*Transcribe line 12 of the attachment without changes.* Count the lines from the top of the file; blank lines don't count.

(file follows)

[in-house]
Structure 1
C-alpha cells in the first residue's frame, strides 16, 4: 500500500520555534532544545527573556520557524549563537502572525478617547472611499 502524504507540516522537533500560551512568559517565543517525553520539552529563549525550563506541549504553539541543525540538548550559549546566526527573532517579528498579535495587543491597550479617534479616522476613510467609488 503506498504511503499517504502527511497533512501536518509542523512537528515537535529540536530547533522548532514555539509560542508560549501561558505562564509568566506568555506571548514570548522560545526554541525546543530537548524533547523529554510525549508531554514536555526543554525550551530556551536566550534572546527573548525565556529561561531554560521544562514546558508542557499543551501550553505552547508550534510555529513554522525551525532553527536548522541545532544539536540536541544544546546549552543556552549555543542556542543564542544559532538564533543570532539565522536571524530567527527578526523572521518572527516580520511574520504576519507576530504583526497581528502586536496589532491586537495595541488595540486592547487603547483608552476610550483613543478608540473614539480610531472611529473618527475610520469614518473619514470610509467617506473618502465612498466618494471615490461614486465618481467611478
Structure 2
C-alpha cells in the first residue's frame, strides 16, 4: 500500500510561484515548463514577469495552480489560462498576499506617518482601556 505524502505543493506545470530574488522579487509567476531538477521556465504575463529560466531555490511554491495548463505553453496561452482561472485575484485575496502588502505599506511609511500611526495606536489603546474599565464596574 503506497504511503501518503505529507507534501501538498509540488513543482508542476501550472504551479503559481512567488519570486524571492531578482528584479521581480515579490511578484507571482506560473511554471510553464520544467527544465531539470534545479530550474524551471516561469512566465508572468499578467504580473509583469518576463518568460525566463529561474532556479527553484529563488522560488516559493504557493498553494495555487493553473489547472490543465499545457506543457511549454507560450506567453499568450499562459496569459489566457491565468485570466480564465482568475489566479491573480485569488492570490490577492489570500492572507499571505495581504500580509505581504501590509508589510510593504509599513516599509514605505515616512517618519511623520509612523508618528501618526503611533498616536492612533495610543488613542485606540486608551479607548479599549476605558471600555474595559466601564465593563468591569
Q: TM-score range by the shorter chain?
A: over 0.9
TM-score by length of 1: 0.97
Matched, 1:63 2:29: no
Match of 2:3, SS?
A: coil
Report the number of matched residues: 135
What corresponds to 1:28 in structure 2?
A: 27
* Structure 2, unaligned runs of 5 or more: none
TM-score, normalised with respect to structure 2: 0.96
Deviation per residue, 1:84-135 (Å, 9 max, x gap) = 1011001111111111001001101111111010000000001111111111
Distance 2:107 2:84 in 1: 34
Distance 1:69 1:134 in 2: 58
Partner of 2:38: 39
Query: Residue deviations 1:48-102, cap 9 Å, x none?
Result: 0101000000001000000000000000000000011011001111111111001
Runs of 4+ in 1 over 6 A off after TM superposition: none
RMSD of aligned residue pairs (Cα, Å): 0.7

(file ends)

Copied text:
Report the number of matched residues: 135